Fort Collins' ‘gun people' are stocking up
Seattle Times staff reporter
FORT COLLINS, Colo. — The sign above Clifford Hamblen's shop reads GUNS GUNS GUNS in big white letters that span the width of the storefront. He wanted no ambiguity. He wanted to make sure unsuspecting citizens would not wander in thinking it was a bagel shop or a Socks Galore, which are nearby. If he had an extra five feet, he would have added another GUNS to match his business card.
But it hasn't been necessary. Customers come, young and old. More so lately with the nation anxious about the war on terrorists. President Bush has been telling the country to get ready, and that's what Hamblen's customers have been doing. Gun sales are up 20 percent; ammunition sales, 50 percent.
"People are nervous," Hamblen says. "Anytime people are nervous, the first thing they do is stock up on bullets."
It was a long haul southward along the Rocky Mountains from Sheridan, Wyo., to this eclectic town of college students, shopping malls and, for lack of a better term, gun people. This includes hunters, target shooters, paramilitary patriots, self-defenders and people who just like to shoot prairie dogs for relaxation.
Fort Collins began as a military outpost to protect white settlers from the Indians. The Indians are gone, but the name stuck, and some of the Old West gun-slinging culture remains.
In a city of just over 100,000, there are at least six shooting clubs and four shooting ranges, not to mention the Rockies to the immediate west, which some regard as one giant shooting range.
GUNS GUNS GUNS sits off Highway 14, in the truck-stop part of town. Across from the shop is a cornfield and next to that, a cemetery.
Hamblen is 42, a former traveling gun-safe salesman who decided, along with his wife, Carol, to open their own shop in 1996 and leave the life of the road.
He wears a Beretta polo shirt stretched tight around the midsection, old jeans and white Nikes. On his right hand he wears a shotgun-shell ring.
He looks harmless compared to his employees, who all have semi-automatic pistols tucked over their waistbands.
There's Tim Bliss, the sales manager, with a Glock 23 on his hip and 20,000 rounds of ammunition in his basement — just in case he's forced to protect his family from "a foreign army."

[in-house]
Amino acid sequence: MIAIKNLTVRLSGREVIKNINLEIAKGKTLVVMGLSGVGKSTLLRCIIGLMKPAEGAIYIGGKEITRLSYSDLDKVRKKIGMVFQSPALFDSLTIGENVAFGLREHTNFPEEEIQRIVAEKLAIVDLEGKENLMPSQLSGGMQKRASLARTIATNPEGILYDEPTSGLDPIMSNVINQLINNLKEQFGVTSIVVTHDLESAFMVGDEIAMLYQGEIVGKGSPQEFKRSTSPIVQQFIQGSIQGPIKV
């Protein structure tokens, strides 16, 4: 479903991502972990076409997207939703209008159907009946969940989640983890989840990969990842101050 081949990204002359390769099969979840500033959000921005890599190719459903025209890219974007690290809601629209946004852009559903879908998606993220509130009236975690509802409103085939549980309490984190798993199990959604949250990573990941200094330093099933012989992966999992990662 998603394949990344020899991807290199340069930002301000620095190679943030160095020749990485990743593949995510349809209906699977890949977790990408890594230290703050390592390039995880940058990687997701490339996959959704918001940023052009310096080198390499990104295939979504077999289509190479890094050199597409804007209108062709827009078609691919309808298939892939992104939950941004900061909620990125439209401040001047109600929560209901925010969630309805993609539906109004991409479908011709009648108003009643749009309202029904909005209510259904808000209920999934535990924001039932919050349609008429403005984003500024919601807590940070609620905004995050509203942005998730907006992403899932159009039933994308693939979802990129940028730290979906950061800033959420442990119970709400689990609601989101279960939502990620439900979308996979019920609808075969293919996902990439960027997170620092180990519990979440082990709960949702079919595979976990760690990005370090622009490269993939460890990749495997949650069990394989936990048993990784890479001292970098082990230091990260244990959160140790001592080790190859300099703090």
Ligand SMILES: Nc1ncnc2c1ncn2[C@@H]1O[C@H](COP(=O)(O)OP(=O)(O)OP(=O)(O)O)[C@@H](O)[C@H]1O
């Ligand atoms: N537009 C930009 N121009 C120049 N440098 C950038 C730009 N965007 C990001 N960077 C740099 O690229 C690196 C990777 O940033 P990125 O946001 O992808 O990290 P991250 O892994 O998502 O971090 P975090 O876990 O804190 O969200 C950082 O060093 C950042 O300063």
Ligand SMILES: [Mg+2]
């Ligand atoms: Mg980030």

There's Steve McKinley, an office worker with one handgun and a knife on each hip — presumably in case one arm is disabled and he would need his other hand to access a weapon.
They are all self-professed rednecks — "My neck is as red as they come," says Hamblen — and exceedingly nice guys.
Don't think because they carry enough firepower to destroy a small town that they're uncivilized or mean.
But it did take a while for them to warm up. When I walked in, they were businesslike, aloof. As we talked and got to know each other, they loosened up.
The turning point came when the subject turned to God, and I mentioned that my younger brother was head pastor at a church in Berkeley, Calif. Everyone at GUNS GUNS GUNS is a born-again Christian, and many of them attend the same Assembly of God church. Suddenly, we were brethren.
While I was in the store, the director of missions for their church, Thomas "Doc" Collins, was looking over a Smith and Wesson .357 Magnum.
Doc Collins said he came in to sell two handguns for a patient of his. Collins is a real doctor. The patient, an elderly man, has a chronic illness and became depressed over the Sept. 11 terrorist attacks; he talked about shooting himself. Doc Collins took his guns away and offered to get rid of them.
Most discussion at the store — between staff and customers, staff and staff, even customers and customers — centered on the current crisis. It was coffee talk, over-the-counter and break-room talk.
"You know what Hitler said," says Hamblen. "A country needs a war every 15 years to get united."
"I thought it was the Founding Fathers who said that," McKinley says.
"No, it was Hitler, wasn't it?" says Hamblen. "Every 15 or 17 years."
"I'm pretty sure it was the Founding Fathers," McKinley insists.
"And it wasn't about being united. They said a country needs a revolution every once in a while to keep people vigilant."
Unity, vigilance, faith — they were all good.
The one with the Glock, Tim Bliss, says war always brings people to God.
"The day before, they couldn't give two hoots about God, but now... " Bliss says.
"You know what they say: There are no atheists in foxholes."
Bliss explained why citizens were stocking up:
If the country goes to a real shooting war, ammunition for civilians would be the first to run out because munitions factories would produce exclusively for the military.
And if martial law is declared, he says, all gun shops would be shut down.
Handguns and handgun ammo are selling faster than anything else. Handguns are considered by gun-shop owners as self-defense weapons.
Those who own or want handguns are "just-in-case" kind of people, anyway, and the current situation is seen as the ultimate just-in-case scenario.
So the rush is on.
The cash register rings from 9 to 5, six days a week, at GUNS GUNS GUNS. Citizens come with questions and fears — and cash. Clifford Hamblen and staff happily, dutifully, oblige.
Editor's note: Seattle Times reporter Alex Tizon started his journalistic road trip in Seattle on the day after terrorists attacked America. He is now somewhere in the Midwest, making his way to New York City. This is his sixth report.
He can be reached at 206-464-2216 or email@example.com.